Weekly Geeks – Judge a book by it’s cover!

This weeks Weekly Geeks task is to Judge a Book By Its Cover!

The Task:

Pick a book–any book, really–and search out multiple book cover images for that book. They could span a decade or two (or more)…Or they could span several countries. Which cover is your favorite? Which one is your least favorite? Which one best ‘captures’ what the book is about?

I’ve chosen the book I’m currently reading: The Moonstone by Wilkie Collins. So far, I’ve only read about a quarter of the book, so I may not be able to give an accurate reflection of the whole book, but will judge the cover based on my first impressions.

I found 104 different covers on Library Thing here. So I had a large number to chose from!

I picked out some of the more interesting ones below:

1966 Paperback
1966 paperback

This is one of the oldest paperback covers I could find. It looks very dated to me, and I don’t think I would ever pick this up on impulse in a book shop. It makes it look like it’s for children, and not the mystery book it is.




1992 paperback
1992 paperback

I haven’t read the whole book, but this seems like an inappropriate cover. This looks like the cover for a romance novel. The Moonstone is billed as the first detective novel, and I think it needs a darker, more atmospheric cover. I would pick this book up, if I was in the mood for a romantic piece of historical fiction, but think I would have been surprised by the book’s contents.



1998 paperback
1998 paperback

This cover makes the book look like historical fiction, again with a romantic theme. I don’t particularly like the picture, and wouldn’t pick it up on impulse, although it does have a Victorian feeling about it.




2008 paperback
2008 paperback

This book looks dark and atmospheric, but for some reason the purple makes me think that this book is aimed at teenagers – I have no idea why I think that! Maybe it’s the typeface of the title too? Does anyone else think that? I haven’t finished the book, but I thought that The Moonstone was  based upon the theft of a stone. This cover implies that it is more of a murder mystery. I don’t think I’d pick this copy up either. The cover makes it look like a basic book, without enough depth for me.  


2008 paperback
2008 paperback

Again, this book looks like a teenage fiction book. I prefer the moonstone being on the front, but in the first chapter the stone is described as tear-drop shaped, so unless it gets cut down later in the book, then I think this is a poorly designed cover.



2003 Paperback
2003 paperback

 This is the only cover that I think I would pick up, on impulse, in a book shop. Dark, atmospheric and full of mystery, this book looks like my sort of thing. It also seems to most accurately reflect the book’s content.




This has been a really interesting exercise for me. I know that I am strongly influenced by a book’s cover. I have bought several books just because their striking cover has drawn me to them – black page edges are a particular weak spot for me! The majority of books that I buy are bought on other people’s recommendations, so I often do not see the cover before it arrives through my letter box. This means that their design does not matter as much as it would have done a few years ago, when the majority of my purchases were made on impulse in a shop. I rarely receive a book with a cover that does not appeal to me, so book designers are obviously very good at knowing their audience.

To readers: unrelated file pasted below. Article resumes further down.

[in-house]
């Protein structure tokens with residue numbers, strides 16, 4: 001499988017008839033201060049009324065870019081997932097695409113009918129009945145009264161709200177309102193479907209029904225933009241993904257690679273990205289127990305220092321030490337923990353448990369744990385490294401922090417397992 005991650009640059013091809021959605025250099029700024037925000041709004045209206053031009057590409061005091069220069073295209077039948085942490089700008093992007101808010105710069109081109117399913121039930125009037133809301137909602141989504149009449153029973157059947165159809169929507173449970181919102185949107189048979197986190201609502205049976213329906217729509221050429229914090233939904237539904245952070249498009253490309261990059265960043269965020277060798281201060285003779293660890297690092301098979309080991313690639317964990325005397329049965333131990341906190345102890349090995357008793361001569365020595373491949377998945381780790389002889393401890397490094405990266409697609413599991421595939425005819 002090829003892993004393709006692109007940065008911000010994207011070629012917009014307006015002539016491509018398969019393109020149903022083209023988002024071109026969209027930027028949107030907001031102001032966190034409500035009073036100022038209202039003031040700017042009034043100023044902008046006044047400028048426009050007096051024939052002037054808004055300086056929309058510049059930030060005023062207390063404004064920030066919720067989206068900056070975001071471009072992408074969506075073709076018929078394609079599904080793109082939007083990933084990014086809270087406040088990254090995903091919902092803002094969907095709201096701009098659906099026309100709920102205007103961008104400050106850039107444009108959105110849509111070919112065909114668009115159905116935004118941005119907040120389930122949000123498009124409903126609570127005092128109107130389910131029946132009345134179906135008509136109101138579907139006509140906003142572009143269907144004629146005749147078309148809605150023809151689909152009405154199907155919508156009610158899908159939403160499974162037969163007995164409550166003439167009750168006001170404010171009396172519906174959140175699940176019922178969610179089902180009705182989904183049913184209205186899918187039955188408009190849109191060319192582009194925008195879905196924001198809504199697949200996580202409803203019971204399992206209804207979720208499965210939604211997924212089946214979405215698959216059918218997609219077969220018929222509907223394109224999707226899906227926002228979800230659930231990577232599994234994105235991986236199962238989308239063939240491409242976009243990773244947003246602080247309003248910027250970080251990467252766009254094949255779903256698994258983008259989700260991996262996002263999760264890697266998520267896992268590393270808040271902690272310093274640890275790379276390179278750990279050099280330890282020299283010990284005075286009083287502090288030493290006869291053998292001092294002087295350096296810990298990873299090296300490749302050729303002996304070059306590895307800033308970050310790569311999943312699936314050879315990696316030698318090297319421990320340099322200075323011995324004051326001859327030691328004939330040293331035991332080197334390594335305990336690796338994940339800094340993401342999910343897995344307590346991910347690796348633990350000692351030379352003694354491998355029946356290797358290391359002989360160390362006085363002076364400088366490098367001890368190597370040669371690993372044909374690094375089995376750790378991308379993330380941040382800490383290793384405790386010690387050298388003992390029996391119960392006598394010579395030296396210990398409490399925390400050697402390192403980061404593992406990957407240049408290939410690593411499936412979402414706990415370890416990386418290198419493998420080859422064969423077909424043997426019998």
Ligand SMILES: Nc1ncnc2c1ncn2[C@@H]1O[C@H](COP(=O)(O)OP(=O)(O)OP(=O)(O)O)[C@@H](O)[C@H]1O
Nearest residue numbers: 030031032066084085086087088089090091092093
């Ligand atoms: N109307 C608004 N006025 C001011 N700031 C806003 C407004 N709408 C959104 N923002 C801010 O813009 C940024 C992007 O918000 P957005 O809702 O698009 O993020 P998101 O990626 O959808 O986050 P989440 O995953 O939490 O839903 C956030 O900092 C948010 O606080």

The massive variety of covers for the same book has opened my eyes to the fact that in future I should be less influenced by the picture on the cover.

Finally, this is the cover I’m reading, so I thought I should include it! It is very boring, and gives you no idea as to the content of the book – perhaps all books should have plain covers, so we’re not influenced by the designs on the cover?


Which of these covers do you like best? If you’ve read The Moonstone, which one do you think most accurately reflects the plot?

17 replies on “Weekly Geeks – Judge a book by it’s cover!”

I think I like the one you do, the second to last one with the atmospheric art on the cover.

You raise a good point about getting books through recommendations rather than browsing these days. I do the same. I don’t ever go and browse the library any more – I find the books I want in the online catalogue and put a reserve on them. So I certainly never know what cover I’m going to get until I pick them up. All the same, I really enjoy looking at pretty covers on the computer. I even have a folder of covers for my ebooks so I can still browse them.

Having read this book, I agree with you…the 2003 cover seems to me to be the best “descriptor” for the book; and it is the one that appeals to me the most. I readily admit, I am completely influenced by beautiful covers (and likewise, if a cover doesn’t appeal to me, I usually don’t buy the book!).

I love this book! I actually like the copy you’re reading best, but If I didn’t know anything about the book, I don’t think it would convince me to pick it up.

I hate those green Penguin covers. I agree, they’re so boring. I actually like being influenced by the cover 😛 Mostly I like having some nice art to look at. My favourite is the second to last one.

I do believe you are spot on with this one. Having read the book, it does reflect scenes from the book, and also reflects the right mood. It definitely is not a YA book, and I don’t think it adequately classified as historical fiction. What a great exercise!

I like the Penguin black classic one the best too. And I agree that the third to last one looks too modern and murder mystery-ish with that cover. Hard to imagine it’s a classic looking like that. I’ve only read The Woman in White by Collins but hope to read this one sometime.

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